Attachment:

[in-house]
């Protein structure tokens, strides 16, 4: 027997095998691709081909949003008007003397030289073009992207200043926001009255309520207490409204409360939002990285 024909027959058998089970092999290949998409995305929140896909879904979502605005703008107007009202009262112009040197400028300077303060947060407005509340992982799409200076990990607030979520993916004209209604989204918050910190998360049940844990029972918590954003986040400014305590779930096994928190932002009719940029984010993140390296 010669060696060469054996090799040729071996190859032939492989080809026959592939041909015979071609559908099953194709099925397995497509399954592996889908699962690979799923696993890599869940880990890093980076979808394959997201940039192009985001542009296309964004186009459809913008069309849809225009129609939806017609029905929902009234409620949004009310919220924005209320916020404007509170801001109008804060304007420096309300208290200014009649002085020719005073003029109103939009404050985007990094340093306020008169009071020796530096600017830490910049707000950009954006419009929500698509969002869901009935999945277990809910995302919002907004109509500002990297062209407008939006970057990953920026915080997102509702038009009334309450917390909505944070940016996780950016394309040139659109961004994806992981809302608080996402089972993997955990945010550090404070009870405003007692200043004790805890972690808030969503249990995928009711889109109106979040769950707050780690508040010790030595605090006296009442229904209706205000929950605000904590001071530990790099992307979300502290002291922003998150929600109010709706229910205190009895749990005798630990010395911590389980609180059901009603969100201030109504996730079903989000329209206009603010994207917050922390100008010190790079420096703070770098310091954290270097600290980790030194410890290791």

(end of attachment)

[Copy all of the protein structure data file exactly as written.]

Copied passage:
[in-house]
């Protein structure tokens, strides 16, 4: 027997095998691709081909949003008007003397030289073009992207200043926001009255309520207490409204409360939002990285 024909027959058998089970092999290949998409995305929140896909879904979502605005703008107007009202009262112009040197400028300077303060947060407005509340992982799409200076990990607030979520993916004209209604989204918050910190998360049940844990029972918590954003986040400014305590779930096994928190932002009719940029984010993140390296 010669060696060469054996090799040729071996190859032939492989080809026959592939041909015979071609559908099953194709099925397995497509399954592996889908699962690979799923696993890599869940880990890093980076979808394959997201940039192009985001542009296309964004186009459809913008069309849809225009129609939806017609029905929902009234409620949004009310919220924005209320916020404007509170801001109008804060304007420096309300208290200014009649002085020719005073003029109103939009404050985007990094340093306020008169009071020796530096600017830490910049707000950009954006419009929500698509969002869901009935999945277990809910995302919002907004109509500002990297062209407008939006970057990953920026915080997102509702038009009334309450917390909505944070940016996780950016394309040139659109961004994806992981809302608080996402089972993997955990945010550090404070009870405003007692200043004790805890972690808030969503249990995928009711889109109106979040769950707050780690508040010790030595605090006296009442229904209706205000929950605000904590001071530990790099992307979300502290002291922003998150929600109010709706229910205190009895749990005798630990010395911590389980609180059901009603969100201030109504996730079903989000329209206009603010994207917050922390100008010190790079420096703070770098310091954290270097600290980790030194410890290791």